Venue:    Seminarraum 222, 3rd Floor
at the Institute of Hydraulic Engineering and Water Resources Management, Karlsplatz 13, Vienna
Speaker:    Prof. Mark C. Rains, Department of Geology, University of South  Florida, USA
Title:    Water Sources and Hydrodynamics of Closed-Basin Depressions, Cook Inlet Region, Alaska
Abstract:    Among the most prevalent wetland and deepwater habitats in Alaska are ponds, many of which are subarctic ponds occurring as moraine, ice-scour, or dead-ice depressions. Many are closed-basin depressions, where surface-water inflows and outflows are negligible. The objective of this study was to quantify the water sources and hydrodynamics of these subarctic ponds, particularly with respect to the role they play in groundwater recharge. There are two types of ponds on the study site. Perched-precipitation ponds have inflows by melt water and direct precipitation, outflows by evapotranspiration and groundwater recharge, and are seasonally inundated because surface water is perched above the water table and infiltration through the low-permeability surficial deposits to the water table is slow. Flow-through ponds have inflows by melt water, direct precipitation, and groundwater discharge, outflows by evapotranspiration and groundwater recharge, and are perennially inundated because of groundwater throughflow. Both are groundwater recharge focal points. This is particularly true for perched-precipitation ponds, where net groundwater recharge rates were 215% larger than in flow-through ponds, and 332% larger than in the broader landscape. Most of the additional groundwater recharge occurs immediately following breakup, as Aeolian transported snow trapped in the depressions melts which results in enhanced groundwater recharge rates.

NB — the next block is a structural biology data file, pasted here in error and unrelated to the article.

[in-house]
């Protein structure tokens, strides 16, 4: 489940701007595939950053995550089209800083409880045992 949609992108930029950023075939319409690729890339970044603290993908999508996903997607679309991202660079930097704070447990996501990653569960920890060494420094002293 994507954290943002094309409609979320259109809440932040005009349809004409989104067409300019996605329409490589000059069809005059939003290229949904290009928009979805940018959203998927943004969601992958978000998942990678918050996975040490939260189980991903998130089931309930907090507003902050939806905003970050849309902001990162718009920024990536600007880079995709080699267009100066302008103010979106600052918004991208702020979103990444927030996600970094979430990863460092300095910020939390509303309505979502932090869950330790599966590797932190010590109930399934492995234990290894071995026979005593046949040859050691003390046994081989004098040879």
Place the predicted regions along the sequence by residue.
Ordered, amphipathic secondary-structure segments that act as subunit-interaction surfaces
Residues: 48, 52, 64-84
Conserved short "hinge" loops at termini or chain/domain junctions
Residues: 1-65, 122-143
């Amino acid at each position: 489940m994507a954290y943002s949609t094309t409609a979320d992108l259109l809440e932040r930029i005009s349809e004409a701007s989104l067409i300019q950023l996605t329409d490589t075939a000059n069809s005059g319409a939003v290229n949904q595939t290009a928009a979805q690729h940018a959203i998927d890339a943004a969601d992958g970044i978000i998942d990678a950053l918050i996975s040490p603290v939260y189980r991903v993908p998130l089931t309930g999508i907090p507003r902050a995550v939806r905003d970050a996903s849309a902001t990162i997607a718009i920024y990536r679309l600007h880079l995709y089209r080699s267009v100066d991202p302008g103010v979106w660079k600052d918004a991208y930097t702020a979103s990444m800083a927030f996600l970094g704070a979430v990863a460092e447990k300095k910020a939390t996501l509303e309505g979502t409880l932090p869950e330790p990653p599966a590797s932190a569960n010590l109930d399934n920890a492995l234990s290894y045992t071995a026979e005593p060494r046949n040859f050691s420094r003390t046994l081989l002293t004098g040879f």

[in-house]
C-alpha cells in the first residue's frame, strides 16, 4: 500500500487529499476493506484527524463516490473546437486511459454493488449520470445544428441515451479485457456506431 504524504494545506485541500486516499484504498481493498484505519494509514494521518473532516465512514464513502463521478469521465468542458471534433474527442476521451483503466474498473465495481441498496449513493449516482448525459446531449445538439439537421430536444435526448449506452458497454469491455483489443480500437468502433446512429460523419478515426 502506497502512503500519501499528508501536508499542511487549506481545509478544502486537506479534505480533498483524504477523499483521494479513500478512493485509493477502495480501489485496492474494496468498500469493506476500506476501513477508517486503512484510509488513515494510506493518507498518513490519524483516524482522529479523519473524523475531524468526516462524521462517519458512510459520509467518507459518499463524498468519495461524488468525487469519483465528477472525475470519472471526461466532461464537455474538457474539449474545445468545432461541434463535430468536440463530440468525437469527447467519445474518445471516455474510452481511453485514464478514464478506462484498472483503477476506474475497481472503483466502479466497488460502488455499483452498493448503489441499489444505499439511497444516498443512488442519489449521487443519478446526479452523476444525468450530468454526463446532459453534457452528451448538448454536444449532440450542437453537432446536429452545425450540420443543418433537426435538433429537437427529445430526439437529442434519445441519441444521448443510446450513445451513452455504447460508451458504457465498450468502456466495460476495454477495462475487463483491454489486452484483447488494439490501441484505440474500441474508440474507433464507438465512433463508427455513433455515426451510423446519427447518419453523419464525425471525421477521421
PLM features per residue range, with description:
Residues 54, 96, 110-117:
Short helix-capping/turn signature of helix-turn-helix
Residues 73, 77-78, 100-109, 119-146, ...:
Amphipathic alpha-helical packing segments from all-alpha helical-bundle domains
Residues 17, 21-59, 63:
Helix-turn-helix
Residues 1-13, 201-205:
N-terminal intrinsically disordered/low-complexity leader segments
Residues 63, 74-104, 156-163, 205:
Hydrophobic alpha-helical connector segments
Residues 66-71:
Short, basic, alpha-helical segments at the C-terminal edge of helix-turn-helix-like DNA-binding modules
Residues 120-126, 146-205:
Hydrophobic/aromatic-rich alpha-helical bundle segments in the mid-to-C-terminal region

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Date:    Friday 23 Sept, 2011 at 10.00
Venue:    Seminarraum 222, 3rd Floor
at the Institute of Hydraulic Engineering and Water Resources Management, Karlsplatz 13, Vienna
Speaker:    Prof. Dr. Peter Wilderer, Department of Civil Engineering and Surveying, Technische Universität München, Germany
Title:    Interfacial Water Research – the Ultimate Challenge of Early Career Scholars
Abstract:    Peter Wilderer is one of the leading experts on hydraulic management in Germany. The first German academic to win the Stockholm Water Prize in 2003, he has been awarded countless other honours both within Germany and around the world. The scope of his research reaches from innovative methods of water acquisition and waste water recycling through the ecology of microbial systems to the reclamation of useful material in waste water and other waste products. During this seminar he will talk about Interfacial Water Research – the Ultimate Challenge of Early Career Scholars.